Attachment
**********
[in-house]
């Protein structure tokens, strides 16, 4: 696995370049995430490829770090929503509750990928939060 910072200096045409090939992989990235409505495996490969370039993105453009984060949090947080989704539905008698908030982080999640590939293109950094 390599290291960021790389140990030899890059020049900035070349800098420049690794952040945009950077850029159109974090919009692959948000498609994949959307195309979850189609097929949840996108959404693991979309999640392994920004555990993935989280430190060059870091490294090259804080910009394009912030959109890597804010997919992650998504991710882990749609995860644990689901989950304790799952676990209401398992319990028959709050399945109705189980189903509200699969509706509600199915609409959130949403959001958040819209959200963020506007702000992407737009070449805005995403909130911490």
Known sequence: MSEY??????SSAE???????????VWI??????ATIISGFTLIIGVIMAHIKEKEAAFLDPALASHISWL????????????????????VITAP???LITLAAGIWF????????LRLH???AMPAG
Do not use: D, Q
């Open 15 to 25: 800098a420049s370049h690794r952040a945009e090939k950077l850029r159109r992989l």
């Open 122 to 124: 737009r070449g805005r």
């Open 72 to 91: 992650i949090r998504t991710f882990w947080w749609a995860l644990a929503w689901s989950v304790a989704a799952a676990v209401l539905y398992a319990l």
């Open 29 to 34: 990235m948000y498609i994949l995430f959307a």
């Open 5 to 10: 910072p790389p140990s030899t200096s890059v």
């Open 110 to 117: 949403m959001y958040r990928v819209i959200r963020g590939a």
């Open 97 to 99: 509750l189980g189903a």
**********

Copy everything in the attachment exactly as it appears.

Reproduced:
[in-house]
């Protein structure tokens, strides 16, 4: 696995370049995430490829770090929503509750990928939060 910072200096045409090939992989990235409505495996490969370039993105453009984060949090947080989704539905008698908030982080999640590939293109950094 390599290291960021790389140990030899890059020049900035070349800098420049690794952040945009950077850029159109974090919009692959948000498609994949959307195309979850189609097929949840996108959404693991979309999640392994920004555990993935989280430190060059870091490294090259804080910009394009912030959109890597804010997919992650998504991710882990749609995860644990689901989950304790799952676990209401398992319990028959709050399945109705189980189903509200699969509706509600199915609409959130949403959001958040819209959200963020506007702000992407737009070449805005995403909130911490």
Known sequence: MSEY??????SSAE???????????VWI??????ATIISGFTLIIGVIMAHIKEKEAAFLDPALASHISWL????????????????????VITAP???LITLAAGIWF????????LRLH???AMPAG
Do not use: D, Q
């Open 15 to 25: 800098a420049s370049h690794r952040a945009e090939k950077l850029r159109r992989l």
């Open 122 to 124: 737009r070449g805005r």
């Open 72 to 91: 992650i949090r998504t991710f882990w947080w749609a995860l644990a929503w689901s989950v304790a989704a799952a676990v209401l539905y398992a319990l």
């Open 29 to 34: 990235m948000y498609i994949l995430f959307a």
């Open 5 to 10: 910072p790389p140990s030899t200096s890059v």
């Open 110 to 117: 949403m959001y958040r990928v819209i959200r963020g590939a």
């Open 97 to 99: 509750l189980g189903a």